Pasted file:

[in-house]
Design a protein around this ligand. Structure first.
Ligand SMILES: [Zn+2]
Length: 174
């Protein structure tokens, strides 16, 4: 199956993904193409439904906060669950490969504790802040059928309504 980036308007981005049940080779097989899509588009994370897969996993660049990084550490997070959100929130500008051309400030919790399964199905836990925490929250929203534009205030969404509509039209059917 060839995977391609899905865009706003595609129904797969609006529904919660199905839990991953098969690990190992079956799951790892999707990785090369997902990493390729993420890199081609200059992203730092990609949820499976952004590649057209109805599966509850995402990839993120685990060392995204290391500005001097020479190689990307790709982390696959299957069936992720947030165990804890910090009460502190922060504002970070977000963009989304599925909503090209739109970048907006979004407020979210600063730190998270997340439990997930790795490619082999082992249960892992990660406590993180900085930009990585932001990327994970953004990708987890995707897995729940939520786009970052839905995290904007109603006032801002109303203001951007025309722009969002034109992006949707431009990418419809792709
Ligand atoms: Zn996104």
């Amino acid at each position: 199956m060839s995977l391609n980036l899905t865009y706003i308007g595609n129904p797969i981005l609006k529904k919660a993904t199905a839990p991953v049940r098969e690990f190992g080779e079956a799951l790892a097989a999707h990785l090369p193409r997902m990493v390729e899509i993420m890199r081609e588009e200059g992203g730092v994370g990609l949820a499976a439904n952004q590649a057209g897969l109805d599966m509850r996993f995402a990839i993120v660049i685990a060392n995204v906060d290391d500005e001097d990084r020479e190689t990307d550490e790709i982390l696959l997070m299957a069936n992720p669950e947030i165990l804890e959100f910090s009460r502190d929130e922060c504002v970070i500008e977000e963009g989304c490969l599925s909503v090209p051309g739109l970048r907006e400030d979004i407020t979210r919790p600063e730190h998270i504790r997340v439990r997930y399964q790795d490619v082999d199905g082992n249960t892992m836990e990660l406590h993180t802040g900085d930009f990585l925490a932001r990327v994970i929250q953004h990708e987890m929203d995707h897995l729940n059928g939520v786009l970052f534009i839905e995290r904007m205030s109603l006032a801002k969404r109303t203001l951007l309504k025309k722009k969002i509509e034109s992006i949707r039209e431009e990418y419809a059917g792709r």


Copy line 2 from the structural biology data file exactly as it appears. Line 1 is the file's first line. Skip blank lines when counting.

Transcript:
Design a protein around this ligand. Structure first.